Keep Your Startup Clean

When I open a .NET Core application for the first time I start by reading the Startup file. Unfortunately there is an ugly pattern out there that turns this into a spaghetti code mess. They often look something like this:

public void ConfigureServices(IServiceCollection services)

    services.AddDbContext<ApplicationDbContext>(options =>

    services.AddSingleton<IJwtFactory, JwtFactory>();

    var jwtAppSettingOptions = Configuration.GetSection(nameof(JwtOptions));

    services.Configure<JwtOptions>(options =>
      options.Issuer = jwtAppSettingOptions[nameof(JwtOptions.Issuer)];
      options.Audience = jwtAppSettingOptions[nameof(JwtOptions.Audience)];
      options.SigningCredentials = new SigningCredentials(_signingKey, SecurityAlgorithms.HmacSha256);

    var tokenValidationParameters = new TokenValidationParameters
      ValidateIssuer = true,
      ValidIssuer = jwtAppSettingOptions[nameof(JwtOptions.Issuer)],

      ValidateAudience = true,
      ValidAudience = jwtAppSettingOptions[nameof(JwtOptions.Audience)],

      ValidateIssuerSigningKey = true,
      IssuerSigningKey = _signingKey,

      RequireExpirationTime = false,
      ValidateLifetime = true,
      ClockSkew = TimeSpan.Zero

    services.AddAuthentication(options =>
      options.DefaultAuthenticateScheme = JwtBearerDefaults.AuthenticationScheme;
      options.DefaultChallengeScheme = JwtBearerDefaults.AuthenticationScheme;

    }).AddJwtBearer(configureOptions =>
      configureOptions.ClaimsIssuer = jwtAppSettingOptions[nameof(JwtOptions.Issuer)];
      configureOptions.TokenValidationParameters = tokenValidationParameters;
      configureOptions.SaveToken = true;

    services.AddAuthorization(options =>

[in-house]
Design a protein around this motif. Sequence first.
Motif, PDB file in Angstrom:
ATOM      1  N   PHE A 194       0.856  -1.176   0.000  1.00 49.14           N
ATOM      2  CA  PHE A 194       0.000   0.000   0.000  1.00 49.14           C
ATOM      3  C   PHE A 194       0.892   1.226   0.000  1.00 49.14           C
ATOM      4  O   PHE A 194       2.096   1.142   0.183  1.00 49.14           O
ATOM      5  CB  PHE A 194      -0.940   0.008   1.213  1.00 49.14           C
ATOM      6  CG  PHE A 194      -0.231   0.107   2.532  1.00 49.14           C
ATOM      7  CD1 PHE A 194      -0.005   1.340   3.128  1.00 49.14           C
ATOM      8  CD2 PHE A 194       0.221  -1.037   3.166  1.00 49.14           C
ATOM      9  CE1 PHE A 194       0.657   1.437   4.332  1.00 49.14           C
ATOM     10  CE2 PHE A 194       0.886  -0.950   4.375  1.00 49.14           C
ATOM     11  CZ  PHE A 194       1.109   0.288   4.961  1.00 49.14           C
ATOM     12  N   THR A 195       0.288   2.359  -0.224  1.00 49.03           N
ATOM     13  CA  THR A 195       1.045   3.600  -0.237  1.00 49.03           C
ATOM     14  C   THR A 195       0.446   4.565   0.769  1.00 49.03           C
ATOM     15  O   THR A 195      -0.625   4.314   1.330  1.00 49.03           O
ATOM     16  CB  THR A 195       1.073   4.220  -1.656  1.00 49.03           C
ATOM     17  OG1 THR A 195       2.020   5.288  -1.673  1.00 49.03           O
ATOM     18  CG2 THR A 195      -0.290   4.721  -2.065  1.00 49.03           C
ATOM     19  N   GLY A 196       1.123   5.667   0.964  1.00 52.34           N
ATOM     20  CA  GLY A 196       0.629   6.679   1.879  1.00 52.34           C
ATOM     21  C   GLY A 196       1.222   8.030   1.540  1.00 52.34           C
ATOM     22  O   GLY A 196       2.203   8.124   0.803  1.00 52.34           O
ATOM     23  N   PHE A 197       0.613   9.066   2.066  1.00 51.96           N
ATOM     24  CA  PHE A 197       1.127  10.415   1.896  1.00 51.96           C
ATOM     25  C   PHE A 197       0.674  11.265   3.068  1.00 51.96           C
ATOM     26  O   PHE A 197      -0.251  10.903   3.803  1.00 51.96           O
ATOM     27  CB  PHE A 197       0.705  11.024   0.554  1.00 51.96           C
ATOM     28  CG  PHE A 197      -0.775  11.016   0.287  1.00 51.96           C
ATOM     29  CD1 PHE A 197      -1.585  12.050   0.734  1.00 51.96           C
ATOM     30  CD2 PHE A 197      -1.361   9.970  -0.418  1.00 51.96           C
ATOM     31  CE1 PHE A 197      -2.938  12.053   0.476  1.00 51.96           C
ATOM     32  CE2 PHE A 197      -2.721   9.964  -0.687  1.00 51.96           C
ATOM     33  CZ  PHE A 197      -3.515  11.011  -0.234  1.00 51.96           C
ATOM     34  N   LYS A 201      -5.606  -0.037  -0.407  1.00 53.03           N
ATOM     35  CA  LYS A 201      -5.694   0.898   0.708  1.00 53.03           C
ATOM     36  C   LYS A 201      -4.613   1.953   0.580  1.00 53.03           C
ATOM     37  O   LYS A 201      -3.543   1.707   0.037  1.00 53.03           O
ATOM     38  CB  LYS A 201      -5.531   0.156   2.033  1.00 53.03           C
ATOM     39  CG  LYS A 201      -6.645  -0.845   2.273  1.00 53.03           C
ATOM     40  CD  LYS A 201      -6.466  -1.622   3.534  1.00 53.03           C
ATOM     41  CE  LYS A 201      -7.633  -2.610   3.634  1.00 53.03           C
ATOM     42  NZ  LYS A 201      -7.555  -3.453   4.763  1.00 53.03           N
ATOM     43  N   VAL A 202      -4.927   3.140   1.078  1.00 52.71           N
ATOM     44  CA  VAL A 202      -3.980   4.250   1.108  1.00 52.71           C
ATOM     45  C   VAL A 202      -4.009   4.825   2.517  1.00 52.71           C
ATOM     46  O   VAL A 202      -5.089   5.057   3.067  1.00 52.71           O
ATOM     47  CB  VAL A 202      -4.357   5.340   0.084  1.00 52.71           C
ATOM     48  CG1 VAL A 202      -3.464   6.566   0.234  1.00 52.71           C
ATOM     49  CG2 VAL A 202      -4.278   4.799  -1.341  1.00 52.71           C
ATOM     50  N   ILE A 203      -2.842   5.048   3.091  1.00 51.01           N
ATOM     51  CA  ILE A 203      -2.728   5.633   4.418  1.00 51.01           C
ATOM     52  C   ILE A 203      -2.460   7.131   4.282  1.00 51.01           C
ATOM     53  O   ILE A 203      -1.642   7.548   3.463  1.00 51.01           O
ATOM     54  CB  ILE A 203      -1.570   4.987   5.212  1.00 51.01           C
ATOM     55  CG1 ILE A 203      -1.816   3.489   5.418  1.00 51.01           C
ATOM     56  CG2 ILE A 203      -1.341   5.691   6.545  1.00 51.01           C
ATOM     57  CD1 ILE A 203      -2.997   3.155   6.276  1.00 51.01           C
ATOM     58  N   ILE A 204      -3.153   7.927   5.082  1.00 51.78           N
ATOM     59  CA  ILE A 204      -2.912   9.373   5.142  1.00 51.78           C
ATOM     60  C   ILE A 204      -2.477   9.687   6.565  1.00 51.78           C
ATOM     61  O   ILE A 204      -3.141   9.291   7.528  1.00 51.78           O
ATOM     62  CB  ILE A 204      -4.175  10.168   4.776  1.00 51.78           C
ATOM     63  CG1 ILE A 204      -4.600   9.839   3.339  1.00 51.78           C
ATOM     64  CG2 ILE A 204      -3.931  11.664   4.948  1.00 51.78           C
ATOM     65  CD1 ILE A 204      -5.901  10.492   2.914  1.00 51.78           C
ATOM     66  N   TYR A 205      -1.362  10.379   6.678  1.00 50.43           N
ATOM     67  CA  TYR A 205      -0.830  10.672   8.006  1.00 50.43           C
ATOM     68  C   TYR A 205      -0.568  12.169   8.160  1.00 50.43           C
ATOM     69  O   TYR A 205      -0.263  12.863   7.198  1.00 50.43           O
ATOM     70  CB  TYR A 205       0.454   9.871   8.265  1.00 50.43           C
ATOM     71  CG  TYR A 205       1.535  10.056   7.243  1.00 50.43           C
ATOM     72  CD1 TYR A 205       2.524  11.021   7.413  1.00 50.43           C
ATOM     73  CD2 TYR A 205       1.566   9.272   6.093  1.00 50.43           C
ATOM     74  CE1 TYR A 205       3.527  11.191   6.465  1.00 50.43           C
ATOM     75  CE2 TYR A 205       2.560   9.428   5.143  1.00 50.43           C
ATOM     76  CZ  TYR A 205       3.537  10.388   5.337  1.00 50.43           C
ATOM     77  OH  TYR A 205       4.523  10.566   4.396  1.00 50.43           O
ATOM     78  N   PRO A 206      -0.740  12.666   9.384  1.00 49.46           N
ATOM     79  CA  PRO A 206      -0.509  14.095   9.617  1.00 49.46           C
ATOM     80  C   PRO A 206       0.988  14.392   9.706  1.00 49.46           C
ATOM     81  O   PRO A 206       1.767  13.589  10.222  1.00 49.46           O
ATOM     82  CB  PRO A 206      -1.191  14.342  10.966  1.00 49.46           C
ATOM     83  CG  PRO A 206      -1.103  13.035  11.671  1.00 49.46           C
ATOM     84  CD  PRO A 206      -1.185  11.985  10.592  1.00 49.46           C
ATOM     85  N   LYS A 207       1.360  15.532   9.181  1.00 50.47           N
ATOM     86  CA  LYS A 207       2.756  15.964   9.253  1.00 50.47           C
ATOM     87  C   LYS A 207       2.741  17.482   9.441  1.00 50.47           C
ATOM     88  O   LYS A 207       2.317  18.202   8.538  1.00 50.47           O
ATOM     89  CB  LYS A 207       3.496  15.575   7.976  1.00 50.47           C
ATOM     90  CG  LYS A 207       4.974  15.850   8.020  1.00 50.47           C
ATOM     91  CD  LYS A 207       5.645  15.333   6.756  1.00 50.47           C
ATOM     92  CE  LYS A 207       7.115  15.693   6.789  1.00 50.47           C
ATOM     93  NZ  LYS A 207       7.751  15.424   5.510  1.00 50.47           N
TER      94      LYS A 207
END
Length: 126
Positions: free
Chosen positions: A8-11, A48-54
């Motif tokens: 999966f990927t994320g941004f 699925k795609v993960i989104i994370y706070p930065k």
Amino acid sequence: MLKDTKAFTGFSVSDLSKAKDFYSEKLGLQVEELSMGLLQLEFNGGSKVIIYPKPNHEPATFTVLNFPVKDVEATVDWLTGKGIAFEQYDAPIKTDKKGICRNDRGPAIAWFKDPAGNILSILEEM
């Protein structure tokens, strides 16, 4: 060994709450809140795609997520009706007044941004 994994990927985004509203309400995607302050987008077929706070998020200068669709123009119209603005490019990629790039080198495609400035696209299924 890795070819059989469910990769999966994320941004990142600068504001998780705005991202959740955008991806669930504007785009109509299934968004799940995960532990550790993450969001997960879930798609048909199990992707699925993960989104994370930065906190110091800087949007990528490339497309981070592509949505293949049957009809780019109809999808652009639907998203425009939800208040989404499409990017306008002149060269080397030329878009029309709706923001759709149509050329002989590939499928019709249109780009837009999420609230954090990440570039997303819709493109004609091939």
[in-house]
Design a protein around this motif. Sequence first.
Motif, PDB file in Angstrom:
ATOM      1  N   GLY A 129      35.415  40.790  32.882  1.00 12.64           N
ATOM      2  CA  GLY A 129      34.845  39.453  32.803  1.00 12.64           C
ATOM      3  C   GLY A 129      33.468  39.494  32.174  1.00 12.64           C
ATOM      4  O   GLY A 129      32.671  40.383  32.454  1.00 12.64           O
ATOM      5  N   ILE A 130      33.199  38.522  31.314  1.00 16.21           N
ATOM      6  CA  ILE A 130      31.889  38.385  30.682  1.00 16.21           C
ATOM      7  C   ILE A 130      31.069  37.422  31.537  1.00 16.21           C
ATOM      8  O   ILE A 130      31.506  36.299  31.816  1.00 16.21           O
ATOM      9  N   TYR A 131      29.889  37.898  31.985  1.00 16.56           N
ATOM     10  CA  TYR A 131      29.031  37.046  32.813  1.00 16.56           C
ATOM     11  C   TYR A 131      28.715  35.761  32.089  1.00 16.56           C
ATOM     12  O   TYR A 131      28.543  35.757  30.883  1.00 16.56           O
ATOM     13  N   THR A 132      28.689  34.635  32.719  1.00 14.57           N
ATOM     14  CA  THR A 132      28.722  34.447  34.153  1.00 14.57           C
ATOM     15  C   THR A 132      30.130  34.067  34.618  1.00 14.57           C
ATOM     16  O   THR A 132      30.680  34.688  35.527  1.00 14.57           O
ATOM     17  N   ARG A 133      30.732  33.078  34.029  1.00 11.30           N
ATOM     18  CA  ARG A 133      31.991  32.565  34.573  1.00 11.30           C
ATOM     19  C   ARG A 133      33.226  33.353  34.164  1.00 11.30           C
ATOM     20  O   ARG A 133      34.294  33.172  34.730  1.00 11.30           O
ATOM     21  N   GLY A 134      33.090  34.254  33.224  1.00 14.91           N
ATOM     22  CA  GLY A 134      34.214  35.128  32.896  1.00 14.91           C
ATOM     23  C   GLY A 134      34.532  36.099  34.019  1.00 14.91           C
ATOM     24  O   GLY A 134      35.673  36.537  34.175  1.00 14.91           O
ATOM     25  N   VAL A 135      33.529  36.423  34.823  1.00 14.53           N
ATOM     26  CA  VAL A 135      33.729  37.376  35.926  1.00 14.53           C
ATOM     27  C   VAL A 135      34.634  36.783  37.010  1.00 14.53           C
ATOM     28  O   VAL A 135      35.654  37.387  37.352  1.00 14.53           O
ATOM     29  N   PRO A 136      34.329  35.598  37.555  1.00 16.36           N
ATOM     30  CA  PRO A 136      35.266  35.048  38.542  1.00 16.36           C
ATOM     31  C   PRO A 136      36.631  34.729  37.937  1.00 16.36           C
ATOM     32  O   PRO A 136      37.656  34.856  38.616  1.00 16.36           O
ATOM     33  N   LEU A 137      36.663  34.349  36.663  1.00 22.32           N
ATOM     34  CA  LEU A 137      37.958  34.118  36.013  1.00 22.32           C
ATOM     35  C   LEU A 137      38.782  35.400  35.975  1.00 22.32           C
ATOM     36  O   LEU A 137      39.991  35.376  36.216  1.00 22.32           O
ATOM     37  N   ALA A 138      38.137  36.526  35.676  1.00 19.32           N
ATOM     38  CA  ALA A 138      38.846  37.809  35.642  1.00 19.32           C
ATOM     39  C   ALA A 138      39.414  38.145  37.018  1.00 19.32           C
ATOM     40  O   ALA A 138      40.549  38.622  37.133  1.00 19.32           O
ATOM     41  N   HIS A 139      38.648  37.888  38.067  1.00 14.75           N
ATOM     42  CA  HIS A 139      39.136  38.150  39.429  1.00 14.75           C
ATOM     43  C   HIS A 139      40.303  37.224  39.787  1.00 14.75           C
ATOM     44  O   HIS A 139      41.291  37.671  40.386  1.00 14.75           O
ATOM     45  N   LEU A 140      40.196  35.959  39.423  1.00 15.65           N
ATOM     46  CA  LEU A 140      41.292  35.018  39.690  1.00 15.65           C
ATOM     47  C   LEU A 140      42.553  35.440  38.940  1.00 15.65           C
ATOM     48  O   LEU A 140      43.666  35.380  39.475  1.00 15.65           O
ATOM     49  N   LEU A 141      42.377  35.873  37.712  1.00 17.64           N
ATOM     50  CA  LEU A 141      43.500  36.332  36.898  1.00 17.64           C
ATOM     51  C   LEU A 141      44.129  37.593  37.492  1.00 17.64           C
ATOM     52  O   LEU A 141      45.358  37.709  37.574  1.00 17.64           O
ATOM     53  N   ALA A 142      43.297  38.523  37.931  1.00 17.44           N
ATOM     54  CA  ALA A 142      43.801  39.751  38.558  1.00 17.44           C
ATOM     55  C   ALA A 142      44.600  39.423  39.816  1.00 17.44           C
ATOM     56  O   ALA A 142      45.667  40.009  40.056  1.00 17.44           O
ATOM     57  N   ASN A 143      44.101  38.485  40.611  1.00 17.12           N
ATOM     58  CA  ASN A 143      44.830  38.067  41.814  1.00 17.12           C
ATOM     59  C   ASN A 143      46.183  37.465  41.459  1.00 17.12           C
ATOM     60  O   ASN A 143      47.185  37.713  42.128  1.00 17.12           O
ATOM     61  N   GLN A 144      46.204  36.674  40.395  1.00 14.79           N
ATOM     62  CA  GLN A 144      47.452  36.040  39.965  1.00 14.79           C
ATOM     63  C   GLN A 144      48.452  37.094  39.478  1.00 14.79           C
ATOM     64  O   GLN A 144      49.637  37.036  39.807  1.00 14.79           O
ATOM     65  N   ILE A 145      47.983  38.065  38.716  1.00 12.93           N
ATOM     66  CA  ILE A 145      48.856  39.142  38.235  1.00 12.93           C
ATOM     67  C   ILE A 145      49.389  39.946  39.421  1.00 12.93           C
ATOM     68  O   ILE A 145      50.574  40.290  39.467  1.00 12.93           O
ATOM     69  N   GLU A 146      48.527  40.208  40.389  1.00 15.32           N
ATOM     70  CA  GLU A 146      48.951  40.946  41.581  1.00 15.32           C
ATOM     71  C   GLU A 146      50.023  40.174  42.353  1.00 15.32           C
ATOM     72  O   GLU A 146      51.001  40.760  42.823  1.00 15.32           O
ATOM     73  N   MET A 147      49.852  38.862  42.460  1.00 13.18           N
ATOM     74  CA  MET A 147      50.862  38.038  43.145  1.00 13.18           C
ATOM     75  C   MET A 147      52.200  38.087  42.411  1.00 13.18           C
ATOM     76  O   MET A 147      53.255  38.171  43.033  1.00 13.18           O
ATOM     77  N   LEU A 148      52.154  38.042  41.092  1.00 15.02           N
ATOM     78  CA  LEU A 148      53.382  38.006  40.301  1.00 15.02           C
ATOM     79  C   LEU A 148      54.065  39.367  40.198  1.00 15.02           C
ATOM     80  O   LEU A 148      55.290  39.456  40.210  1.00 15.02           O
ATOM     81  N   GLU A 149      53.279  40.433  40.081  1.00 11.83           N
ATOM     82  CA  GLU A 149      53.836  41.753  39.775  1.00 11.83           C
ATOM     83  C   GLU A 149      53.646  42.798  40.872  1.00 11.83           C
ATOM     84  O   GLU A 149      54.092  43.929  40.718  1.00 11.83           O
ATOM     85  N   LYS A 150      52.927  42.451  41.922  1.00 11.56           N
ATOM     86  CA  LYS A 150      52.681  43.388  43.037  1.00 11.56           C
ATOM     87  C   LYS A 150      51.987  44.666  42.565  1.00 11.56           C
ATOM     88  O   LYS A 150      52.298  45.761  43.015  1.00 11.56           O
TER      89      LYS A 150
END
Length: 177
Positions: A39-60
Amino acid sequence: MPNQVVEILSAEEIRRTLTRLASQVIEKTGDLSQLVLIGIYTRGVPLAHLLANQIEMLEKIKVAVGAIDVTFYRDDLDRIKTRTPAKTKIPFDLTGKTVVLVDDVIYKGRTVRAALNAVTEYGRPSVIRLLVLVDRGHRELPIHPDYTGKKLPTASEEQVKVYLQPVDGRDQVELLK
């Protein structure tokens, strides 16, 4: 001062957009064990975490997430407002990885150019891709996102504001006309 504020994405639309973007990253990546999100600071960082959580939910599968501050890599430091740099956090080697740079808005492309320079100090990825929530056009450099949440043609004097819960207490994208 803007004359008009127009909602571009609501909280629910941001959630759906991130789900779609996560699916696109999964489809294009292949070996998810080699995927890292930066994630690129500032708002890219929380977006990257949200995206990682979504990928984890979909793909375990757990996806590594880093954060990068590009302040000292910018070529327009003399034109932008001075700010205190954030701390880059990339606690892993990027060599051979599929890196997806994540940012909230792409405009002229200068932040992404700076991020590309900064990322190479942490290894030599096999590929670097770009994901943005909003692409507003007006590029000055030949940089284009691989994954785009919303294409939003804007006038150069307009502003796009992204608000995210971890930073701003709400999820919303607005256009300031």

options.AddPolicy("AuthorizedApiUsr", policy => policy.RequireClaim(Constants.Strings.JwtClaimIdentifiers.Rol, Constants.Strings.JwtClaims.ApiAccess));


This isn't fun to read. Since we spend most of our time reading code, it's not great to maintain either. By using extension methods you can clean this up to something more readable.

Add a simple file named something like ServiceCollectionExtensions.cs. Then create a public static class with IServiceCollection extension methods. Here's a quick example.

public static class ServiceCollectionExtensions
    public static IServiceCollection AddDataStores(this IServiceCollection services, IConfiguration configuration)
            .AddDbContextPool<ApplicationDbContext>(options =>
        return services;

Now in your Startup.cs file you can simply use services.AddDataStores(Configuration);. Eventually you turn the mess above into something much more readable.

public void ConfigureServices(IServiceCollection services)

One Last Thing...

If you have a question or see a mistake, please comment below.

If you found this post helpful, please share it with others. It's the best thanks I can ask for & it gives me momentum to keep writing!

Matt Ferderer
Software Developer focused on making great user experiences. I enjoy learning, sharing & helping others make amazing things.
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